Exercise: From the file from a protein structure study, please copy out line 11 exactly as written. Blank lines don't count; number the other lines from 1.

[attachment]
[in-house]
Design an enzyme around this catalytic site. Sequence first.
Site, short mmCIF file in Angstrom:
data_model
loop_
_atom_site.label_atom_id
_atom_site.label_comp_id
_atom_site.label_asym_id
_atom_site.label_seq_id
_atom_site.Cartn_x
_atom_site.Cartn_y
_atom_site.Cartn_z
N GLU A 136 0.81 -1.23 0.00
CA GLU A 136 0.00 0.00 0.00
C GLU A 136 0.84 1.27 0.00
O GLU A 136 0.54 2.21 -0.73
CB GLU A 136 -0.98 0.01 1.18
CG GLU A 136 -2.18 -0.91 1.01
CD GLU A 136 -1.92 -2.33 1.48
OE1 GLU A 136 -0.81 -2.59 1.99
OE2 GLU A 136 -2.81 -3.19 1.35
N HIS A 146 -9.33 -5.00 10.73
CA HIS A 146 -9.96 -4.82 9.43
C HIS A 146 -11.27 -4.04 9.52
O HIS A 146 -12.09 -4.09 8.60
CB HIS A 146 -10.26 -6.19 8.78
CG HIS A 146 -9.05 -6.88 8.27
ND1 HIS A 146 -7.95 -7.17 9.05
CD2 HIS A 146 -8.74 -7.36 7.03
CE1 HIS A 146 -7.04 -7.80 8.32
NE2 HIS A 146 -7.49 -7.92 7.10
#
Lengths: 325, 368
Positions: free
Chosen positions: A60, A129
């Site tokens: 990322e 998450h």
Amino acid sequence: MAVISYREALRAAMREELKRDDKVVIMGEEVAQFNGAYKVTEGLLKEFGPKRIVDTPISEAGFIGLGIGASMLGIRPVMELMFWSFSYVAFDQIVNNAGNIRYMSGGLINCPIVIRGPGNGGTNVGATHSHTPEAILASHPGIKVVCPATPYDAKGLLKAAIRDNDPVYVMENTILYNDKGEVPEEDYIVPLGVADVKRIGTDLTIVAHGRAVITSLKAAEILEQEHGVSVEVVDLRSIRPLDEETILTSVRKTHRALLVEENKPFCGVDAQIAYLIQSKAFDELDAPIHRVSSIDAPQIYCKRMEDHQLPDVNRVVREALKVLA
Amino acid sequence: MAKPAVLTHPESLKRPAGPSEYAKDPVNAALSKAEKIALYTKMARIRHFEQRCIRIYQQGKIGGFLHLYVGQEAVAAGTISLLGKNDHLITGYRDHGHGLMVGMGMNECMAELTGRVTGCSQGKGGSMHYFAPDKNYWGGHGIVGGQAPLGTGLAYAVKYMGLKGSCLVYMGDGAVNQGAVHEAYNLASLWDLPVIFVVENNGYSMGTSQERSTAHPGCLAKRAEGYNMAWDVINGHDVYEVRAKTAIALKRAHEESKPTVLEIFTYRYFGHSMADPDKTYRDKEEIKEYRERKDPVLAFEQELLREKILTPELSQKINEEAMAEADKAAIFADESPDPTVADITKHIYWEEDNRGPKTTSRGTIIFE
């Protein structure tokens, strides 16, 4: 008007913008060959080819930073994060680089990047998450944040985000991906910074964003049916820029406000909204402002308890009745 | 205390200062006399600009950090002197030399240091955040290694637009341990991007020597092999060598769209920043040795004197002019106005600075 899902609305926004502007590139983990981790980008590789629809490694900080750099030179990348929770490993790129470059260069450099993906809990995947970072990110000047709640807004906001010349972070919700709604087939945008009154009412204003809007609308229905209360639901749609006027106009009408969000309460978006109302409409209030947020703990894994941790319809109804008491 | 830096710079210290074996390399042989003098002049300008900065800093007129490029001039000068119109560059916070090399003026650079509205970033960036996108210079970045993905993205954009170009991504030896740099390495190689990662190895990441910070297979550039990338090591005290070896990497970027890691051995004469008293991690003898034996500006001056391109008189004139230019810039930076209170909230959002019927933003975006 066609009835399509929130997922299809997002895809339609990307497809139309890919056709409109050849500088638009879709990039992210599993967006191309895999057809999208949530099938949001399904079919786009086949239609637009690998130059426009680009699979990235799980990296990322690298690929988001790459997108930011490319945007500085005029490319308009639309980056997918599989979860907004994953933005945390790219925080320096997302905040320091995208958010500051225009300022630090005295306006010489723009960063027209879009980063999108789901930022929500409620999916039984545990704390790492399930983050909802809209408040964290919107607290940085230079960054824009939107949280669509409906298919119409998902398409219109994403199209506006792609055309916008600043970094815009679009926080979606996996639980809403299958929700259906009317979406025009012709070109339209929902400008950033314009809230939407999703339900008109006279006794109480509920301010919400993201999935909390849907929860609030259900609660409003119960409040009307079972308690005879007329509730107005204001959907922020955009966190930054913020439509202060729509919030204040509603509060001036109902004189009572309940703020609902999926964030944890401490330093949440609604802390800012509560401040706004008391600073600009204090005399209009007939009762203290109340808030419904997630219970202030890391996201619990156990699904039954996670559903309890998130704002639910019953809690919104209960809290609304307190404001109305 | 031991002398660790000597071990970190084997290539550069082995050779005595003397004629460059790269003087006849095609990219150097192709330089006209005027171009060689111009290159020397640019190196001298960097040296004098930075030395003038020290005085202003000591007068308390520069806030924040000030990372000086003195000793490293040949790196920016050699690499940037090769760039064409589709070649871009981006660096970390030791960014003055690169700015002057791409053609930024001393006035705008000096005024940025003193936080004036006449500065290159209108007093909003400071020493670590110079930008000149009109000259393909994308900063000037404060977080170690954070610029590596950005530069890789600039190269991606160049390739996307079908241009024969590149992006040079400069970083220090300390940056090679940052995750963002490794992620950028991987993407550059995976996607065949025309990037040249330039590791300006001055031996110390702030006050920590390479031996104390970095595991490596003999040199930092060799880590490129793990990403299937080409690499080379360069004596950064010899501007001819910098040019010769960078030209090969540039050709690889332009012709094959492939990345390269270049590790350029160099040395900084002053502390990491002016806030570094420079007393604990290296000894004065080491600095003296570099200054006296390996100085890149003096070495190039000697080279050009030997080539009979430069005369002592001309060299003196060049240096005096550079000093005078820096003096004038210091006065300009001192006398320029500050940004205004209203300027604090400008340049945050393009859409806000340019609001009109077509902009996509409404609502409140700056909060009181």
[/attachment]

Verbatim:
_atom_site.Cartn_y